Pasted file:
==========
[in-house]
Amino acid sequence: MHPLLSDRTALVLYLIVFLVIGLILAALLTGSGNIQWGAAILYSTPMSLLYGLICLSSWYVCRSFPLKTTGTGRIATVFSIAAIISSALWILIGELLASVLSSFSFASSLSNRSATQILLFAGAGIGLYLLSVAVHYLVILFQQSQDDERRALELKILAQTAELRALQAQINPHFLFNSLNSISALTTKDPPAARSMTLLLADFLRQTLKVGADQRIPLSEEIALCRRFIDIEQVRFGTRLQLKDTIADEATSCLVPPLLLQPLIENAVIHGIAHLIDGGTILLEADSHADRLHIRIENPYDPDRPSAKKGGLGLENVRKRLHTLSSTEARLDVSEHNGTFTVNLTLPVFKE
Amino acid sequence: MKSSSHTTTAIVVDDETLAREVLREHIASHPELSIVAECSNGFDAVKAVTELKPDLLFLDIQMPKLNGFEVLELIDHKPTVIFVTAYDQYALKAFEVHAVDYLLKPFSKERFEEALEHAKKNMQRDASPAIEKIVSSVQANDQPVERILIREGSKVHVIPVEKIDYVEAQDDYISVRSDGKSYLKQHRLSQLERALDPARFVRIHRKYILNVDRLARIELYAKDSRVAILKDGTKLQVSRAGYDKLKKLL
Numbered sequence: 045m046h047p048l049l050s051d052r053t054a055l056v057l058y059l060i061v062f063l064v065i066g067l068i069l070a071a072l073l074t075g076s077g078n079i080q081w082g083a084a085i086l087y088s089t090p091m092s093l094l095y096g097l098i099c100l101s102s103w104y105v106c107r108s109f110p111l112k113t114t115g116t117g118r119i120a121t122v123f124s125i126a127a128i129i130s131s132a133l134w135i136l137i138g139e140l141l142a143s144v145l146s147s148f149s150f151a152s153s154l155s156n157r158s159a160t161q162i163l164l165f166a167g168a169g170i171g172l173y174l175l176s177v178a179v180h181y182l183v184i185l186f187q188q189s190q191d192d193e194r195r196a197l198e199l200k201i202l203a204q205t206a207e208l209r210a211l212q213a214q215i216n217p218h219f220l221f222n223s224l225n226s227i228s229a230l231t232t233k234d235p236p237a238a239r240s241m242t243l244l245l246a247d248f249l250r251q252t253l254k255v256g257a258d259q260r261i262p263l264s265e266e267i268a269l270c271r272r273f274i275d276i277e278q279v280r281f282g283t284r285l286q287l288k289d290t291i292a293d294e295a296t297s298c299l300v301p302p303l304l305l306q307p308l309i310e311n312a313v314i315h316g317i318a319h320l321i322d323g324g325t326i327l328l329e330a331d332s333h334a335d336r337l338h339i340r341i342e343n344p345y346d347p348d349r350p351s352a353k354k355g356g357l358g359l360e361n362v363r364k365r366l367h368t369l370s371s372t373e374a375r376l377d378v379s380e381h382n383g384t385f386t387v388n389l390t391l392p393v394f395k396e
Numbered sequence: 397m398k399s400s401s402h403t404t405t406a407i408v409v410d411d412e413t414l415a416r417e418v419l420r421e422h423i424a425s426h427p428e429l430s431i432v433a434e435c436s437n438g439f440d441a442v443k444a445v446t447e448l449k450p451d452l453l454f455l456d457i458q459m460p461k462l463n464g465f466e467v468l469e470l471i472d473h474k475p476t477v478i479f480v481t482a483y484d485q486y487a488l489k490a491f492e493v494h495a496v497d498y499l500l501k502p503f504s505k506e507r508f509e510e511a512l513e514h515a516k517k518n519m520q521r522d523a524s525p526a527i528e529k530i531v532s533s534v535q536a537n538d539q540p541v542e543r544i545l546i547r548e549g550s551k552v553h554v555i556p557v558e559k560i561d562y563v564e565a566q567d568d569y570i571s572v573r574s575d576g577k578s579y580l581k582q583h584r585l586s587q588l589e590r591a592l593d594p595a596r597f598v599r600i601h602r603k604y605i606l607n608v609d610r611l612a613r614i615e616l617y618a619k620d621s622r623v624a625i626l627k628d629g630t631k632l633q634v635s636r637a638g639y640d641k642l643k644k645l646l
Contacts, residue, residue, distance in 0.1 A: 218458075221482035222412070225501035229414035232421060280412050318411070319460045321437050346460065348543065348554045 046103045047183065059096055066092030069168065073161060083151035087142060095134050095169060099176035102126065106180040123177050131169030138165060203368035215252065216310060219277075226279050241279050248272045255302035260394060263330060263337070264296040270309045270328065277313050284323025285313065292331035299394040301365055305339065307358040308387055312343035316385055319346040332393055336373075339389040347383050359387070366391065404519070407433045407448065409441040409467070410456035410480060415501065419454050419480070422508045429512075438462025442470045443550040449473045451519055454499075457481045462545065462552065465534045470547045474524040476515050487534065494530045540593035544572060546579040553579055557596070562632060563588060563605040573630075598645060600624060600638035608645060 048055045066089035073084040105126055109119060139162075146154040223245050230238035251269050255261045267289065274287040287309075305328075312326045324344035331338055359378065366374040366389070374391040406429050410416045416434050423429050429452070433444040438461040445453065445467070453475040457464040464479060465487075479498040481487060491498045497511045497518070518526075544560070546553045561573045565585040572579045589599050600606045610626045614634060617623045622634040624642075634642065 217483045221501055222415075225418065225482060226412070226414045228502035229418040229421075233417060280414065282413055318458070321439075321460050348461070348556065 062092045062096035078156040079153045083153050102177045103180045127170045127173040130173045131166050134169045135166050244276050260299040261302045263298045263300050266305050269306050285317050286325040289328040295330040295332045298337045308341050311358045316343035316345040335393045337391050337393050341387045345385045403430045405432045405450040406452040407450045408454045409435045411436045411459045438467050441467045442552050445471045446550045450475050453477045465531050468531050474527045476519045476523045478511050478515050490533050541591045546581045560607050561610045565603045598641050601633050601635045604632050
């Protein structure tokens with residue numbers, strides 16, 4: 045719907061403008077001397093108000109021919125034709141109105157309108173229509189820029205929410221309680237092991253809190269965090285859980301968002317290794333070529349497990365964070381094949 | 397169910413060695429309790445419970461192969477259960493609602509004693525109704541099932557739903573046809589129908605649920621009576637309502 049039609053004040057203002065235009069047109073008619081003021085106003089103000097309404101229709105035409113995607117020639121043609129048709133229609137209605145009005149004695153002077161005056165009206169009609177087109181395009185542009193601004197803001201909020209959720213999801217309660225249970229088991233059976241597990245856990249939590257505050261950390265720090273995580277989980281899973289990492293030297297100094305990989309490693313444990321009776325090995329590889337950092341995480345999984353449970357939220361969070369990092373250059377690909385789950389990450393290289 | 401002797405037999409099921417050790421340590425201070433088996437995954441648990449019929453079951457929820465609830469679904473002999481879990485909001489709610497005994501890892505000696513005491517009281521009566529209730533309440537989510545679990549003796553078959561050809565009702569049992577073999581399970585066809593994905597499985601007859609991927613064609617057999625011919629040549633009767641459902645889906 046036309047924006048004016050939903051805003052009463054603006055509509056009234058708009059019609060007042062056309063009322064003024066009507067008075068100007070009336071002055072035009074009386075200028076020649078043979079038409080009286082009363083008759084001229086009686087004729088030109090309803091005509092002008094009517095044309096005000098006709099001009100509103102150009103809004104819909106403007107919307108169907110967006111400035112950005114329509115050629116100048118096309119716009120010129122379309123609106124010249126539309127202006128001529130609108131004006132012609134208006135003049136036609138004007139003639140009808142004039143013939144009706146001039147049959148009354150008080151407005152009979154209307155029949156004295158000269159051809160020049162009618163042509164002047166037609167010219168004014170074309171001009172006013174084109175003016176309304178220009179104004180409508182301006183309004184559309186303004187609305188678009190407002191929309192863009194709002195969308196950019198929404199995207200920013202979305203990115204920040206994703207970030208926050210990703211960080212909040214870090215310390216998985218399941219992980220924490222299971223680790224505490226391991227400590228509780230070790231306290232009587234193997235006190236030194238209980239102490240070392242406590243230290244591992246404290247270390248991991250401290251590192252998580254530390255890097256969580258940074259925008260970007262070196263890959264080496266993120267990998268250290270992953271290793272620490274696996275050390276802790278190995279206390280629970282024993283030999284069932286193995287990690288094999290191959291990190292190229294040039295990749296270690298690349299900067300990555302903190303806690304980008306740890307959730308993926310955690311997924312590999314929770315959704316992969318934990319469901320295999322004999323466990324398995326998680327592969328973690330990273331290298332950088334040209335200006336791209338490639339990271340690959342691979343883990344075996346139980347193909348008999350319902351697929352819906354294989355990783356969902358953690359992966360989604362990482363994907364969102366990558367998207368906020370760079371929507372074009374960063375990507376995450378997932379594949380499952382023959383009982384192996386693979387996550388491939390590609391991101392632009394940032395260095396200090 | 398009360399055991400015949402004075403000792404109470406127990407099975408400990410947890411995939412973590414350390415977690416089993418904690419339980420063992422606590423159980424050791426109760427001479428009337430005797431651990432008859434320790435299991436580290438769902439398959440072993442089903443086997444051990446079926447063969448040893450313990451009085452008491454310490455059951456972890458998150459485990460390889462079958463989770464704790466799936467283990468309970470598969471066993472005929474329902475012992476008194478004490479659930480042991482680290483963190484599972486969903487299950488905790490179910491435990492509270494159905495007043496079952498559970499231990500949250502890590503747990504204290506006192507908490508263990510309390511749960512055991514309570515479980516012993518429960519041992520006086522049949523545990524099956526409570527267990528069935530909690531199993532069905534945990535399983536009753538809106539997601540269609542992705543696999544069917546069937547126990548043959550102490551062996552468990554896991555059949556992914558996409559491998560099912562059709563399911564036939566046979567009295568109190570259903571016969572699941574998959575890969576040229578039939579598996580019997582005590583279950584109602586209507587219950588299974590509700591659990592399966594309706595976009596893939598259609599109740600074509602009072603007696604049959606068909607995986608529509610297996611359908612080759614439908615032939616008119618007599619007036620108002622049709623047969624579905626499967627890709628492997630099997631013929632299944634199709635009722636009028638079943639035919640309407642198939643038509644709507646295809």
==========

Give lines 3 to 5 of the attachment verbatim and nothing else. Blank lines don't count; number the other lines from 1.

Amino acid sequence: MKSSSHTTTAIVVDDETLAREVLREHIASHPELSIVAECSNGFDAVKAVTELKPDLLFLDIQMPKLNGFEVLELIDHKPTVIFVTAYDQYALKAFEVHAVDYLLKPFSKERFEEALEHAKKNMQRDASPAIEKIVSSVQANDQPVERILIREGSKVHVIPVEKIDYVEAQDDYISVRSDGKSYLKQHRLSQLERALDPARFVRIHRKYILNVDRLARIELYAKDSRVAILKDGTKLQVSRAGYDKLKKLL
Numbered sequence: 045m046h047p048l049l050s051d052r053t054a055l056v057l058y059l060i061v062f063l064v065i066g067l068i069l070a071a072l073l074t075g076s077g078n079i080q081w082g083a084a085i086l087y088s089t090p091m092s093l094l095y096g097l098i099c100l101s102s103w104y105v106c107r108s109f110p111l112k113t114t115g116t117g118r119i120a121t122v123f124s125i126a127a128i129i130s131s132a133l134w135i136l137i138g139e140l141l142a143s144v145l146s147s148f149s150f151a152s153s154l155s156n157r158s159a160t161q162i163l164l165f166a167g168a169g170i171g172l173y174l175l176s177v178a179v180h181y182l183v184i185l186f187q188q189s190q191d192d193e194r195r196a197l198e199l200k201i202l203a204q205t206a207e208l209r210a211l212q213a214q215i216n217p218h219f220l221f222n223s224l225n226s227i228s229a230l231t232t233k234d235p236p237a238a239r240s241m242t243l244l245l246a247d248f249l250r251q252t253l254k255v256g257a258d259q260r261i262p263l264s265e266e267i268a269l270c271r272r273f274i275d276i277e278q279v280r281f282g283t284r285l286q287l288k289d290t291i292a293d294e295a296t297s298c299l300v301p302p303l304l305l306q307p308l309i310e311n312a313v314i315h316g317i318a319h320l321i322d323g324g325t326i327l328l329e330a331d332s333h334a335d336r337l338h339i340r341i342e343n344p345y346d347p348d349r350p351s352a353k354k355g356g357l358g359l360e361n362v363r364k365r366l367h368t369l370s371s372t373e374a375r376l377d378v379s380e381h382n383g384t385f386t387v388n389l390t391l392p393v394f395k396e
Numbered sequence: 397m398k399s400s401s402h403t404t405t406a407i408v409v410d411d412e413t414l415a416r417e418v419l420r421e422h423i424a425s426h427p428e429l430s431i432v433a434e435c436s437n438g439f440d441a442v443k444a445v446t447e448l449k450p451d452l453l454f455l456d457i458q459m460p461k462l463n464g465f466e467v468l469e470l471i472d473h474k475p476t477v478i479f480v481t482a483y484d485q486y487a488l489k490a491f492e493v494h495a496v497d498y499l500l501k502p503f504s505k506e507r508f509e510e511a512l513e514h515a516k517k518n519m520q521r522d523a524s525p526a527i528e529k530i531v532s533s534v535q536a537n538d539q540p541v542e543r544i545l546i547r548e549g550s551k552v553h554v555i556p557v558e559k560i561d562y563v564e565a566q567d568d569y570i571s572v573r574s575d576g577k578s579y580l581k582q583h584r585l586s587q588l589e590r591a592l593d594p595a596r597f598v599r600i601h602r603k604y605i606l607n608v609d610r611l612a613r614i615e616l617y618a619k620d621s622r623v624a625i626l627k628d629g630t631k632l633q634v635s636r637a638g639y640d641k642l643k644k645l646l